Girls are bad at maths. But are they though? Really? Mathematician Hannah Fry knows otherwise.
It’s a familiar feeling for many people. A cold sense of panic that descends whenever they face a tricky maths problem: a gripping fear of failure that hits before even attempting a solution.
The terror is not easy to dismiss. And there’s a reason: tricky maths problems can trigger the same parts of your brain as if you were actually suffering bodily harm. For anyone with maths anxiety, the threat is very real indeed.
This anxiety – and its effect on girls in maths – is the subject of a new report, ‘The Fear Factor’, commissioned by Maths Action and written by Dr Samantha Callan.
The report aims to address why so many young girls struggle with the confidence needed to pursue mathematics. And struggle they do. Girls only make up around 40 per cent of A-level entries for mathematics, which drops to 28 per cent for further maths A-level, and the numbers continue to decrease through undergraduate and beyond.
Callan points out that the gender gap is certainly not caused by a difference in innate ability. Several studies have found no difference in male and female aptitude for the subject. Indeed, some East Asian countries’ girls repeatedly outperform British boys by the equivalent of several school years in standardised tests.
It’s also not just girls without the mathematical skills who are dropping out of the subject: 80 per cent of girls who achieve an A* at GCSE will not carry on with maths to A-level.
Instead, as Callan’s study reports, the issue is one of a lack of self-efficacy.
Self-efficacy is subtly different from self-confidence. Rather than a general belief about your abilities, self-efficacy can be measured. It is defined by how likely you think you are to succeed in a particular task, a value which can then be tested against ability.
Self-efficacy has an enormous impact on performance. In tests across 34 countries, self-efficacy alone can mean the difference of up to 49 score points in mathematics and 37 points in science – the equivalent of an entire year’s worth of schooling.
“Tricky maths problems can trigger the same parts of your brain as if you were actually suffering bodily harm. For anyone with maths anxiety, the threat is very real indeed.”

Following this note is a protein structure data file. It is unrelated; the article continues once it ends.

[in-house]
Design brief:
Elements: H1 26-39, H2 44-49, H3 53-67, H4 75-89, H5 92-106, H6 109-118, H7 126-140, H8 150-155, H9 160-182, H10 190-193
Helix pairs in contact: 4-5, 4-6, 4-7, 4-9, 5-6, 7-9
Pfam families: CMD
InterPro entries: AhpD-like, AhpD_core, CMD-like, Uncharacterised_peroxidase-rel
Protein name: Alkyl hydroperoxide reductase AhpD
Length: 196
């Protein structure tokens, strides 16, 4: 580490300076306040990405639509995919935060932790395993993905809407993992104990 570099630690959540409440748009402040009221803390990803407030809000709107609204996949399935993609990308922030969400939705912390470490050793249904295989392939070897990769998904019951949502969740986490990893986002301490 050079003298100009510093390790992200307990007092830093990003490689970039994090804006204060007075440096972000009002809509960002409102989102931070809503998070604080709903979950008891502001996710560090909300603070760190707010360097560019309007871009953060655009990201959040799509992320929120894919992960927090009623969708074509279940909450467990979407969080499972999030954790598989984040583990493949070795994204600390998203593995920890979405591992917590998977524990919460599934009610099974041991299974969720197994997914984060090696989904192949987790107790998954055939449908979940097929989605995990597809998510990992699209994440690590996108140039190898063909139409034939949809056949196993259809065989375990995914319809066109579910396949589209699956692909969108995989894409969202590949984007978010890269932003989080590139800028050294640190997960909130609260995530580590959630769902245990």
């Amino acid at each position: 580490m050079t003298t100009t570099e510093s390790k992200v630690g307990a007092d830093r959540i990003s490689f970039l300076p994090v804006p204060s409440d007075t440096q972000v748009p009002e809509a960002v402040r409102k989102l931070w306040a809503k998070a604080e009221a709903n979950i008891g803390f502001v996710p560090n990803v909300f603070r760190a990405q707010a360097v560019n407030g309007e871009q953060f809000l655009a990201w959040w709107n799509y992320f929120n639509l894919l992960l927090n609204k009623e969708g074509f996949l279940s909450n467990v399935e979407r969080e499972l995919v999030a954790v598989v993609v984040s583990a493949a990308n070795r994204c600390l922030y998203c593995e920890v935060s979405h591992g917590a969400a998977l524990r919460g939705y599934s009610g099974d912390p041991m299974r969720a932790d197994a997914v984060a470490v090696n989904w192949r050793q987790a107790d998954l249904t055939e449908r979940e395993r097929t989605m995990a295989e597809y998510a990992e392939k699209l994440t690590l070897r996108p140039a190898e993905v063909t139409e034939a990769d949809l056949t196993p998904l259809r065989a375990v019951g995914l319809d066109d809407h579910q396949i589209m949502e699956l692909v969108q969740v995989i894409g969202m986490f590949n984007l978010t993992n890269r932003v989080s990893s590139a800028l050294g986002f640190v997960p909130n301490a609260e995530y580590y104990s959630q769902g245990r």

For girls in the UK in particular, it’s their sense of terror that’s preventing them from being able to tackle tricky maths problems, not their lack of mathematical ability itself.
This is best illustrated by a comment from one of the report’s case studies, a female trainee lawyer with an A for maths at GCSE, about her reaction when confronted with a page of numbers: “I have to remind myself, ‘I can do this.’”
This echoes my experience teaching mathematics to undergraduate students. The girls don’t lack the ability, but need a lot more support to overcome their confidence issues than the boys.
But why do girls seem to doubt themselves so much?
Callan’s report suggests that a reason for this may be our cultural tendency to view maths as a male subject – with the result that girls have been socialised to think of themselves as mathematically incompetent.
This is certainly something that I have noticed in my years of teaching mathematics to undergraduate students.
Callan goes further in interpreting the cultural issues, suggesting that a belief that “some man will take care of the details of money and investing” is holding back our girls from taking an interest in mathematics.
Personally, I struggle to identify with these elements of the report, but it’s difficult to disagree with its conclusions: that a cultural shift in attitudes would be positive for British girls.
There is, however, another important point that the report misses.
If self-efficacy is such a major issue with such measurable consequences, but can be rectified by providing the right encouragement, then we need to rethink our support structures within the education system and help provide girls with the confidence they need to succeed at their best.1994 Views
Dr Hannah Fry is a lecturer in the Mathematics of Cities at the Centre for Advanced Spatial Analysis at UCL and author of The Mathematics of Love: Patterns, Proofs, and the Search for the Ultimate Equation (Ted Books).